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July 02, 2006 - Pueblo Chieftain (CO)

Inmates At Work On Prison Cells

State To Save Money On Planned Prison

By Tracy Harmon, The Pueblo Chieftain

Return to Drug War News: Don't Miss Archive

Canon City - Irony here is often just reality.

Inmates at Fremont prison are making steel cells that will hold other prisoners for the state's newest prison -- Colorado State Penitentiary II.

The big winners of the new venture will be the state's taxpayers.

"Because there are no steel cell manufacturers in the region -- they are all back East -- we (Colorado Department of Corrections) will have substantial savings by making our own cells for the new prison," said Andy Klinkerman, Correctional Industries manufacturing division manager.

Construction of steel cells is the latest project Correctional Industries is tackling at its metal shop, where inmates also make parts for the prison's furniture shop.

Although construction of CSP II won't start until early next year at the East Canon Prison Complex, fabrication of 948 cells already is under way.

"We've got to be way ahead of it because they will be able to set 200 cells in a week," Klinkerman said.

The plan calls for the inmates to crank out as many as four cells a day so that within the next year to 18 months, all 948 cells will be completed.

The venture will employ an additional 40 inmates in the metal shop, giving a total of 100 inmates work.

Those who come on board will get safety training and many of them will earn vocational welding certificates.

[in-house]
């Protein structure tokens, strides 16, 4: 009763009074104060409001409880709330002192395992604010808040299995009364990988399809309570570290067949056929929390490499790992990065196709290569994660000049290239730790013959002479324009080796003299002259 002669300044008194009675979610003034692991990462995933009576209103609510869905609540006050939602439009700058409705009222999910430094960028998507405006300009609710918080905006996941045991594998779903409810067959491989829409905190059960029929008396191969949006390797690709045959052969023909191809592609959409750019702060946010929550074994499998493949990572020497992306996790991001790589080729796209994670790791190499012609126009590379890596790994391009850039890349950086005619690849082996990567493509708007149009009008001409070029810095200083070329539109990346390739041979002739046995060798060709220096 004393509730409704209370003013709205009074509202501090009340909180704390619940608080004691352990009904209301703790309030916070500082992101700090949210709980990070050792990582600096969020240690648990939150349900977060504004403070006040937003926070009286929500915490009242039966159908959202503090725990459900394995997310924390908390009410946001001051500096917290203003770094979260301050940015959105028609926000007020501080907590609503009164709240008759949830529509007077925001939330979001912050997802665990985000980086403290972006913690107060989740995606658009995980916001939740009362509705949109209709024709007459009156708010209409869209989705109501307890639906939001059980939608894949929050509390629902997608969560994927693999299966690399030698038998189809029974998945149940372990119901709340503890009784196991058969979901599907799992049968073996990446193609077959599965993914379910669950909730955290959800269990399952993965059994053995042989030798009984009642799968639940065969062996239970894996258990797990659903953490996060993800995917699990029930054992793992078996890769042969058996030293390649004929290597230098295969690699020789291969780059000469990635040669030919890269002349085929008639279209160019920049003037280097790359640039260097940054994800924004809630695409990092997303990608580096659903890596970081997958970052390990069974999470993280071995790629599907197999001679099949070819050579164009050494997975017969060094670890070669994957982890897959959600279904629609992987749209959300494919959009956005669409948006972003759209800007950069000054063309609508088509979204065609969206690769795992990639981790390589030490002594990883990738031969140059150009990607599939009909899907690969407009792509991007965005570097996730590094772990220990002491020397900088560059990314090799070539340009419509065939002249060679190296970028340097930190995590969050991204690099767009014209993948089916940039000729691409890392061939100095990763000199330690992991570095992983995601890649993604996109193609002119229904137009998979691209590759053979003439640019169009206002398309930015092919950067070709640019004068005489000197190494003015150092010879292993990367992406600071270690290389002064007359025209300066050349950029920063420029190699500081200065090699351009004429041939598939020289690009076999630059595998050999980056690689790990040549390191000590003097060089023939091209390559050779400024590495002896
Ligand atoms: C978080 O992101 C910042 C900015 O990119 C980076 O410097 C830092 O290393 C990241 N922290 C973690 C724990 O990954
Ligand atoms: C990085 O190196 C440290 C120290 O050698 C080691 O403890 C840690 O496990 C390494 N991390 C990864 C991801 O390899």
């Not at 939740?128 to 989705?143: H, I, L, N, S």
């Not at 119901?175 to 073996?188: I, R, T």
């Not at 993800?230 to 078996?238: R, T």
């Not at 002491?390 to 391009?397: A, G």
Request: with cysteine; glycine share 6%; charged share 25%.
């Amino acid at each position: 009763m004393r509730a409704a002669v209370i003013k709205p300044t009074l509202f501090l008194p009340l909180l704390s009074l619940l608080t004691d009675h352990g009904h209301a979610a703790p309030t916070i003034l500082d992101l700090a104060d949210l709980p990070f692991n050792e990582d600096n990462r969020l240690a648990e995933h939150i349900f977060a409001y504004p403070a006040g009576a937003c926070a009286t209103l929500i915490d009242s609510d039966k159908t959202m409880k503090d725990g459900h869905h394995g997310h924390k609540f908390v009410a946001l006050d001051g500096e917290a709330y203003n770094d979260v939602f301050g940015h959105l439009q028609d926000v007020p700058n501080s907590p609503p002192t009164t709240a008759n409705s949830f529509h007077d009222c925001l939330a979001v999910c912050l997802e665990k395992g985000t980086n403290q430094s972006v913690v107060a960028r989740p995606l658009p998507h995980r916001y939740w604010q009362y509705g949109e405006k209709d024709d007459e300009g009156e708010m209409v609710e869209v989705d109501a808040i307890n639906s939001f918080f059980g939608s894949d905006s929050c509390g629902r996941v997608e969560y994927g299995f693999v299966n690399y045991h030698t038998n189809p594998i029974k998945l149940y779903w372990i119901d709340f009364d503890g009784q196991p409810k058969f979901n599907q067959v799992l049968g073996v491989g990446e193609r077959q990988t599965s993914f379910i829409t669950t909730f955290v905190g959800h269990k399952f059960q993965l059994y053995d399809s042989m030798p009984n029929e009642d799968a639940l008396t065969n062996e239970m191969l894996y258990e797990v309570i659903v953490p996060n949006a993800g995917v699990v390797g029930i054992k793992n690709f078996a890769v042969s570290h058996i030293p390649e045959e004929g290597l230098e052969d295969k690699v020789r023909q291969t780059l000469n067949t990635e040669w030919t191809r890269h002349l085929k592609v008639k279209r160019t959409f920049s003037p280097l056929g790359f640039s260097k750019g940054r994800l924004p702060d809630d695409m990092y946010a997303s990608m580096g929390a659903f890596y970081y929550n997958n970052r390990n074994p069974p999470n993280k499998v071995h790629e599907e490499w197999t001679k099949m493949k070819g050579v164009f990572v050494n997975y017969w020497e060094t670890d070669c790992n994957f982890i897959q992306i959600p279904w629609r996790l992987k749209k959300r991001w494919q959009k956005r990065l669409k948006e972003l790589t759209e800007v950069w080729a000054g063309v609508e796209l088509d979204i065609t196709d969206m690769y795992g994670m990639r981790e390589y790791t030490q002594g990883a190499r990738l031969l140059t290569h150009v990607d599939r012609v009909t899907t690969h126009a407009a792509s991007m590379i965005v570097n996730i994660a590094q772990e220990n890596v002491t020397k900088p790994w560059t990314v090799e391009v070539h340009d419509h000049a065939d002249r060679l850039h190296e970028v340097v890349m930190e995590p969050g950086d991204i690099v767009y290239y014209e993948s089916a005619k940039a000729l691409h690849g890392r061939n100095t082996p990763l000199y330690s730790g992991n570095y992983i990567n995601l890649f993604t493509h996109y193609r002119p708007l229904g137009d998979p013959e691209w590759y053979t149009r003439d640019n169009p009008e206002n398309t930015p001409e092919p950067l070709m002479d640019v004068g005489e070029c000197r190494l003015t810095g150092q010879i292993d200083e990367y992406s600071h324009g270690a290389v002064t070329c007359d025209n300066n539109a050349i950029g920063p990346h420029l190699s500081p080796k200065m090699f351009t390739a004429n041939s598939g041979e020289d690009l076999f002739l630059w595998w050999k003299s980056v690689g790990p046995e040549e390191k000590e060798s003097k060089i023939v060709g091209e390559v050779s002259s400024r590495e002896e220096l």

"We try to make it as real-world as possible," Klinkerman said.

The best part of the real-world experience will be the pay. An inmate employed by Correctional Industries can make $85 or even more with incentives each month, as opposed to the average inmate who may be mopping the day hall and making $18 a month.

"That may not sound like much money but an inmate can live like a king in here on $85 a month.

Plus, a portion of their pay goes to victim restitution, some of it to the cost of inmate care and some of it is forced savings that is theirs upon release," Klinkerman explained.

Each 80-square-foot, 7,000-pound cell is built with steel walls, table, stool, bed platform, shelf and audio-visual cabinet.

They also are outfitted with plumbing and light fixtures and will be powder coated with paint and insulated.

The metal shop recently added a huge powder coat paint oven that will be large enough to hold a cell. Inmates also had to build all the assembly jigs to accommodate the cell construction process, said Dave Pagnotta, supervisor of the metal shop.

With the help of an overhead crane, inmates will be able to put together the cells and they will "just keep on moving," Pagnotta said of the assembly process.

Once complete, cells will be transported three at a time from the medium-security Fremont prison to the construction site which is just about a mile away from the metal shop.

When all the cells are set, a separate contractor will outfit each with a door that will be calibrated to operate electronically from the command center.

Colorado State Penitentiary II will be much like the original Colorado State Penitentiary. It will house some of the states most violent offenders who will be locked down 23 hours a day.

Located across the street and just west of the original penitentiary, CSP II will be right next door to the high-security Centennial Correctional Facility where the kitchen staff will prepare and provide the food for the inmates in the new prison.

©1996-2006 The Pueblo Chieftain Online

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